GUEST OPINION: Dude, Where’s My Car?

By on December 29, 2015

Trading your car keys for a seat on the bus could ultimately result in more housing options.

Jackson, WY – One of the most striking things I notice while walking (and yes, driving) around Jackson is how much land is dedicated to parking cars. Restaurants, grocery stores, retail shops, churches, and many other local commercial entities have set aside large amounts of the most valuable real estate in North America for the purpose of occasionally parking vehicles.

It’s difficult to see this as anything other than a grossly inefficient use of a scarce and valuable resource. In an era in which Jackson has a severe shortage of affordable housing for low- and middle-income residents (while we contemplate building an additional 5.1 million square feet of additional commercial space), this is an issue we should address.

We all love our cars and no one (least of all this writer) is proposing their abolishment. That’s not a realistic option short of some massive breakthrough in teleporting technology. But when we use them for cross-town driving, we’re not only exacerbating our traffic problems, we are driving the need to keep large pieces of land dedicated to parking.

Of course all driving is not the same. When we drive to Idaho Falls or Curtis Canyon or pretty much anywhere out of the county, we are not contributing to our parking problem, and having a bus route to those places isn’t very efficient. And sometimes you need to drive across town; maybe you’re picking up something that’s too big to fit on the bus, or there’s an emergency, or you aren’t capable of walking to the nearest bus stop.

But I believe that for the vast majority of our in-town transportation, a bus ride would work just fine. In many cases, it’ll be easier.

I’m as guilty as the next person of driving when I don’t need to. Why do I do this? Well, habit is one reason. Being too lazy to look up the bus schedule is another. And the lack of truly comprehensive bus transportation is a big one, though that excuse is becoming less and less valid each year.
I just opened Google Maps on my phone and asked for directions to Lucky’s. I can walk out of my front door on Glenwood and be at Lucky’s in 11 minutes, and Google Maps gives me step-by-step directions to the bus stop and then tells me which bus to get on. It takes me longer than that just to warm up my car in this weather. START has recently signed on with RouteShout, an app that gives you real-time bus updates and scheduling. And START has also added a new town shuttle, as well as a weekend late-night shuttle.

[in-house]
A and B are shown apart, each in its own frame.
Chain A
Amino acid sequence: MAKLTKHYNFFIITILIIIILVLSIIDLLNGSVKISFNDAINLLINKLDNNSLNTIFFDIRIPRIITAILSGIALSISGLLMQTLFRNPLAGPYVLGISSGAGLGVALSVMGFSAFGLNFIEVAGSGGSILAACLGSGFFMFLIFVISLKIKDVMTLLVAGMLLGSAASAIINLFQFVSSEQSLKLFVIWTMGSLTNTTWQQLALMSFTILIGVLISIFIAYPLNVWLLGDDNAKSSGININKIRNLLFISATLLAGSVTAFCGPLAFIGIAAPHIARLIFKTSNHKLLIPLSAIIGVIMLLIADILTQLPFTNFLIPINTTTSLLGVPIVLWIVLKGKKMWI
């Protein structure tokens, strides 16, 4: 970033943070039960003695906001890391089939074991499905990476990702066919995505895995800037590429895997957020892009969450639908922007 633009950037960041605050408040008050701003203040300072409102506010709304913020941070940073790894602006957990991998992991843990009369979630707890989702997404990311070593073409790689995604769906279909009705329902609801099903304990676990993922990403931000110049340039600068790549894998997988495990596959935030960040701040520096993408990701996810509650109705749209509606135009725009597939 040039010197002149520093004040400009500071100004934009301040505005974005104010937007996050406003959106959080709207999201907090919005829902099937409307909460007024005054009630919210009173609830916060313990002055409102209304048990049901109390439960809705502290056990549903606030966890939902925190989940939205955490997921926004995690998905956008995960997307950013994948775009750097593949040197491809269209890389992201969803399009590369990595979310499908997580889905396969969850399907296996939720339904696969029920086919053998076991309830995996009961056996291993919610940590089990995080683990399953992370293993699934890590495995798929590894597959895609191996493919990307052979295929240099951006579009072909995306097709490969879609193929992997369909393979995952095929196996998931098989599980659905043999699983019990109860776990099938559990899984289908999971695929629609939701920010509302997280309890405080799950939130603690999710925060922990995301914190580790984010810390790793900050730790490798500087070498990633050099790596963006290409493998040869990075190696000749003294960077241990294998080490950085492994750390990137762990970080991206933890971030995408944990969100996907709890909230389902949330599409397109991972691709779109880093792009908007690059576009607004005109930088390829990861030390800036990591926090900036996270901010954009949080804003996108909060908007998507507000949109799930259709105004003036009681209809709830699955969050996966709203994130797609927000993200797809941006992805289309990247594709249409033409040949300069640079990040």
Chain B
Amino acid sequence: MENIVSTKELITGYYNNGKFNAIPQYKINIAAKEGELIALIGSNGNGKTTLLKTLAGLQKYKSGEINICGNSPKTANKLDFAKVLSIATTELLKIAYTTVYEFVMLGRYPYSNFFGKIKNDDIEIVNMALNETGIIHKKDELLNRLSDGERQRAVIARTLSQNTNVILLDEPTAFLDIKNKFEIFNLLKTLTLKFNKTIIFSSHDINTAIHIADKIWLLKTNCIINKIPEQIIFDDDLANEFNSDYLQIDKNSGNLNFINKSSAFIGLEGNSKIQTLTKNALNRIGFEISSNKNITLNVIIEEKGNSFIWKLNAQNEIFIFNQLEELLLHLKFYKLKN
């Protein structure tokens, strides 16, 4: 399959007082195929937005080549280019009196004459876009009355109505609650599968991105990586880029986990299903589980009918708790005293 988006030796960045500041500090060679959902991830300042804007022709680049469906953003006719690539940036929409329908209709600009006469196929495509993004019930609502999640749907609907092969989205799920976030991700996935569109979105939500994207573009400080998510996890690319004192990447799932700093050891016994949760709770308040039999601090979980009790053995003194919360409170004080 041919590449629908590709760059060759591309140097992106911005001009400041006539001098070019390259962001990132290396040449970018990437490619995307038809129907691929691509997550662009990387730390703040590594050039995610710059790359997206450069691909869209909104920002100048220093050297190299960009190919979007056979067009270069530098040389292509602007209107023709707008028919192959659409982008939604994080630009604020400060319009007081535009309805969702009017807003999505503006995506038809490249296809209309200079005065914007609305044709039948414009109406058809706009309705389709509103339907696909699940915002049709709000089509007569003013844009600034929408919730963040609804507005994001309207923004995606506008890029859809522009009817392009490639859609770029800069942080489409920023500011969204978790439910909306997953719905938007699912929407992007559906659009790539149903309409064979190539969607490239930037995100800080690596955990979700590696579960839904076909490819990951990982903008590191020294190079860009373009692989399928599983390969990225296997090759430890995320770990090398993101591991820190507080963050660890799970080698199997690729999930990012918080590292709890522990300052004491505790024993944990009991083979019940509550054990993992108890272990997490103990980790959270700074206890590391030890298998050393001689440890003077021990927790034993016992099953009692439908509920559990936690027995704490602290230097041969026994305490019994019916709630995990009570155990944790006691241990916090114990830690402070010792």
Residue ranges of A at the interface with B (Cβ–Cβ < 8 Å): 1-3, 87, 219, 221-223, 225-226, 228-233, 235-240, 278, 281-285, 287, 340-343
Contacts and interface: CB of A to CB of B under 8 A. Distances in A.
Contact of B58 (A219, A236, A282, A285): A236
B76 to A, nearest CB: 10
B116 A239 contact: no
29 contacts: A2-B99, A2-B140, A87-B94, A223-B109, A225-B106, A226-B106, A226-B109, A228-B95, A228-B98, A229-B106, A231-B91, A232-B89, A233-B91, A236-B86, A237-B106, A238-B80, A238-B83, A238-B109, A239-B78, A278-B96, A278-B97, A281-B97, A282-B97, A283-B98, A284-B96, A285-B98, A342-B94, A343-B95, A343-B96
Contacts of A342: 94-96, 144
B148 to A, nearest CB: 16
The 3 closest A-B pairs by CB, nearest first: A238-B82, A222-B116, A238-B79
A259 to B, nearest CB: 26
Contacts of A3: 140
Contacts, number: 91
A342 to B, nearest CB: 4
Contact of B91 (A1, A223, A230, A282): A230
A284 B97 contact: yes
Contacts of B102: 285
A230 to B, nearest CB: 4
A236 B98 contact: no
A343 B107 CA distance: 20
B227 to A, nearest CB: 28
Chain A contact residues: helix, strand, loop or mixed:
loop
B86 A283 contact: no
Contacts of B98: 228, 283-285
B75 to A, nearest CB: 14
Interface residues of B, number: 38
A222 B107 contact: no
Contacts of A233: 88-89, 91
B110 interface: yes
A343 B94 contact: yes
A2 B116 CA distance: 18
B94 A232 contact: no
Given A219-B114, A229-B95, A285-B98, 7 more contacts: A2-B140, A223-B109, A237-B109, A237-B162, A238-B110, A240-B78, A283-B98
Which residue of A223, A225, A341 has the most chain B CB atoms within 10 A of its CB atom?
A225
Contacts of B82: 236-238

But we need more. No reasonable person can imagine a future in Jackson where we build another 5.1 million square feet of commercial space, have housing for workers, and yet continue to dedicate large amounts of land so that people can drive their cars from East Jackson to West Jackson. We are going to have to lower or eliminate many of our parking requirements (google “Review of Minimum Parking Standards” for a 1:26 video explanation of why that needs to happen); install parking meters in downtown areas, and most importantly, continue to build a convenient, reliable and comprehensive transportation system in town.

Convenience might be the biggest hurdle. We are very accustomed to being able to go wherever we want, whenever we want. If we want to grow START usage, we’re going to have to make START competitive with cars on a convenience basis. The biggest impediment to doing this might not be technology or even money, but people who believe public transportation is some sort of communist plot, and revel in underfunding the system so they can then point out its flaws.

But public transportation has a long and important history in the United States. In densely populated areas with extremely high real estate prices, it’s the preferred method of transportation for most people. Spend an hour in gridlock in a car in downtown San Francisco and you’ll quickly wish you’d had the foresight to take the BART. And there is no possible future in Jackson that doesn’t involve a drastic increase in density.

We can talk about the need to widen Highway 22 all we want, but that isn’t going to solve our in-town traffic problems; if anything, it’ll just make them worse. If we continue to grow (and we clearly will) we’re going to need to drive less.

I should reiterate what I said above so that it’s clear. I’m not proposing, nor would I ever, that we take away people’s cars, or prohibit them from driving, or limit their ability to drive in any way. If you like driving, or are morally opposed to riding buses for some reason, you’ll love the conveniences of having other people riding transit. You’ll find reduced traffic and better parking at your destination.

But if we create a convenient and comprehensive transportation system, people will voluntarily and happily use it. It will do wonders for our traffic problems, and eventually help free up land that we so desperately need for housing. START has done some great things and has made great progress; let’s give them the support they need to finish the job.

Happy New Year! I’m hopping on the shuttle to grab a burrito. PJH

Pete Muldoon is a 15-year Jackson resident, a small business owner, writer and musician.

About Pete Muldoon

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